Embroidery is believed to have been introduced into Japan during the seventh century by Buddhist monks, who later took it to Korea and China. Stitched banners of Buddha figures were used in public temples and private shrines. During the Edo period, embroidery became a fashion accessory, rather than a religious one. At first available only to the Imperial Court and the samurai class, embroidered clothing became attainable by a wider range of Japanese society as imported Chinese silk became more available. Although designs changed, professionals continue to produce kimono and obi (sashes) into the twentieth century.
Fearing that traditional methods of embroidery would be lost as demand for the elaborate garments declined, one of these professionals, Iwao Saito, started a community that grew into a workshop and school for traditional Japanese embroidery, Kurenai-Kai. Students wishing to become professional embroiderers live and study here for an apprenticeship of five years, and some remain to work and teach the newer apprentices.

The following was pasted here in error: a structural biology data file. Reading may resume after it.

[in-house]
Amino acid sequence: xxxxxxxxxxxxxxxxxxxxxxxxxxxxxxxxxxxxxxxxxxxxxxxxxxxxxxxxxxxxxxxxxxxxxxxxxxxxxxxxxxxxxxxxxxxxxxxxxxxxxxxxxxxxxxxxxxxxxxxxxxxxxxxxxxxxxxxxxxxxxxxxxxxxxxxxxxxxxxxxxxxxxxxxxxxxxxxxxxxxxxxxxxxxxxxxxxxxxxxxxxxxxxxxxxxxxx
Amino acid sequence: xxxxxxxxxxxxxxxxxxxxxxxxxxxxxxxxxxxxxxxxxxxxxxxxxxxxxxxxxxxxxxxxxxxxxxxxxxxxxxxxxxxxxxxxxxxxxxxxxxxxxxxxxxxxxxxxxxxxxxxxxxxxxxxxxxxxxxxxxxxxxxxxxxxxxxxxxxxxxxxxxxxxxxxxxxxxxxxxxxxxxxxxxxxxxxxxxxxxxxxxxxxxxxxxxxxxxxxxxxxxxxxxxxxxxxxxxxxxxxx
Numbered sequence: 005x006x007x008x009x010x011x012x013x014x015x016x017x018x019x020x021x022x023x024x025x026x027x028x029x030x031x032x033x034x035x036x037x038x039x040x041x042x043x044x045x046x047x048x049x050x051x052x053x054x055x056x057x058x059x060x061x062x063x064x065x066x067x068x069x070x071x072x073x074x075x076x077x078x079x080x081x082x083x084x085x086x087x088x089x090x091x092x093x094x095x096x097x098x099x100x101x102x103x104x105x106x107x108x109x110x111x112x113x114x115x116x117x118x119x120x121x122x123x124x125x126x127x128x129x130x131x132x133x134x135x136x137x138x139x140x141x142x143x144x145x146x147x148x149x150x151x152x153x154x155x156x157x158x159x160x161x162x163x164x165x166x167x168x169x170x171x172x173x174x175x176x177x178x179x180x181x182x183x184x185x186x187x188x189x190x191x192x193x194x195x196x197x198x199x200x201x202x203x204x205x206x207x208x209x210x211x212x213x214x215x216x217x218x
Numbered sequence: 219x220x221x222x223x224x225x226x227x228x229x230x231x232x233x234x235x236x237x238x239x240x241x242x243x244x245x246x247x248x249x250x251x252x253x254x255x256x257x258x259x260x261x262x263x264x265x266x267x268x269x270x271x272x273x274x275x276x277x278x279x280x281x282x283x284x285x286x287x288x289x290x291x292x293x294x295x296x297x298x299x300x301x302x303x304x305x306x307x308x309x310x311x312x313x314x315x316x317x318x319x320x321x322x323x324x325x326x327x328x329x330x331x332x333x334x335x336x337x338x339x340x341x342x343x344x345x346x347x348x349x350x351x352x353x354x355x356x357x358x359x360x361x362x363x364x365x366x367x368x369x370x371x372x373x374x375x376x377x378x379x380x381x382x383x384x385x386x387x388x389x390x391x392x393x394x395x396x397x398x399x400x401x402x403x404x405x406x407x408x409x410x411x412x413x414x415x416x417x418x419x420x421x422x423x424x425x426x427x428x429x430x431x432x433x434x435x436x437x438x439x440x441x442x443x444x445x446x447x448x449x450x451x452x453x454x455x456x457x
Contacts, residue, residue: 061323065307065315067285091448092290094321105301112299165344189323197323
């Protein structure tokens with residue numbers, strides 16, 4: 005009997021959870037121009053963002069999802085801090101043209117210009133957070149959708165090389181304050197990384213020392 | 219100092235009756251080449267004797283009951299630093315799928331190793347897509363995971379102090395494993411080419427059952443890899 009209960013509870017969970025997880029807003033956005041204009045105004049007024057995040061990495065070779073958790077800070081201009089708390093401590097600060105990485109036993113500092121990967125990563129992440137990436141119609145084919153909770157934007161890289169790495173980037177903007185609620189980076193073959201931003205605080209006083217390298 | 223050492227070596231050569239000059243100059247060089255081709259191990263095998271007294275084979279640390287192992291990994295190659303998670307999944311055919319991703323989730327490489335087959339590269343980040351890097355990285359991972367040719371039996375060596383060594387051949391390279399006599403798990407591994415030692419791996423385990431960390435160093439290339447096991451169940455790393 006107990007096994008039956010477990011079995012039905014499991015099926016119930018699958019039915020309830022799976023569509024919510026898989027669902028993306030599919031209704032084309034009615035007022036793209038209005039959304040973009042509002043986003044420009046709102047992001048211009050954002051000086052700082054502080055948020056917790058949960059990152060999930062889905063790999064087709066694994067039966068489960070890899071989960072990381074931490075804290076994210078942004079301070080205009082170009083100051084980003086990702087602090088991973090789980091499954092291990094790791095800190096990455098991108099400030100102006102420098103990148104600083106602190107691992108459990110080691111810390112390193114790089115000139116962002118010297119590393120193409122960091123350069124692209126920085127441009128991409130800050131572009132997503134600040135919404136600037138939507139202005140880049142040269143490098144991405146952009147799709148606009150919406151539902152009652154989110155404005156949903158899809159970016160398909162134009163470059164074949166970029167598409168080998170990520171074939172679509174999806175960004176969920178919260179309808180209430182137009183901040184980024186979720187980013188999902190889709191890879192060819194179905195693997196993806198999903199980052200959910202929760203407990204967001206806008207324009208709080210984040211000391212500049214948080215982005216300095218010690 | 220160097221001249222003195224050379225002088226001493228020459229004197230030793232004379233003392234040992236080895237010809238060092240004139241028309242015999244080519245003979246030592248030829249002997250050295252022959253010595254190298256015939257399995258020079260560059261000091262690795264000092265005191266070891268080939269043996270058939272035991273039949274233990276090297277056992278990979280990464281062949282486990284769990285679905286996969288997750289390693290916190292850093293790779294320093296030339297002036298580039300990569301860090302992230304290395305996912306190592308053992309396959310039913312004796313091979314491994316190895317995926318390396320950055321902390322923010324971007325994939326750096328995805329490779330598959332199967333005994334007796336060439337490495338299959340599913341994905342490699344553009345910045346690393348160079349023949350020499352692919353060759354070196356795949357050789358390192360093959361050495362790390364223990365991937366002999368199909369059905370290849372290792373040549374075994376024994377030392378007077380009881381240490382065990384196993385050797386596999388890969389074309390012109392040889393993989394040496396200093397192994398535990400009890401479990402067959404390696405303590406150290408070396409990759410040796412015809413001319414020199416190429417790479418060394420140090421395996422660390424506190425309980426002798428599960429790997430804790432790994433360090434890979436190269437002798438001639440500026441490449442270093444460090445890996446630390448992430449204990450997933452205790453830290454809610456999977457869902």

Shuji Tamura was working in his family’s computer business when he visited Kurenai-Kai, a visit that changed his life. He studied with Master Saito and eventually married the Master’s daughter, Masa, also a talented embroiderer. When the Embroiderer’s Guild of America invited Saito to exhibit his work in the United States in 1980, Mr. Tamura was sent instead. After 10 years of visiting the U.S. twice a year to teach, the Tamuras moved to the U.S. and established the Japanese Embroidery Center in Dunwoody, Georgia (outside Atlanta). The first classes were held there in 1991.
The Tamuras produced a textbook in English and French and have developed a ten phase system of study for teaching traditional Japanese embroidery outside of the apprenticeship system. As students progress through the phases, they learn more techniques and refine their skills. A student can be certified to teach others after completing 9 phases (at the Center or with their own teacher) and the Phase 10 class at the Japanese Embroidery Center. There are now classes available all over the United States and Canada, as well as in Great Britain, Australia, New Zealand, Germany and France.
2: Metal couching and braided cords are introduced
3: Superimposed designs are introduced
4: Intensive work with metal threads
5: Intensive work on braided cords
6: Intensive work on short stitch holding and superimposed work
7: Realistic effects (long and short stitch)
8: ‘Fuzzy’ effect
9: Review of phases 1-8
10: Use of all 46 techniques in a large, complex piece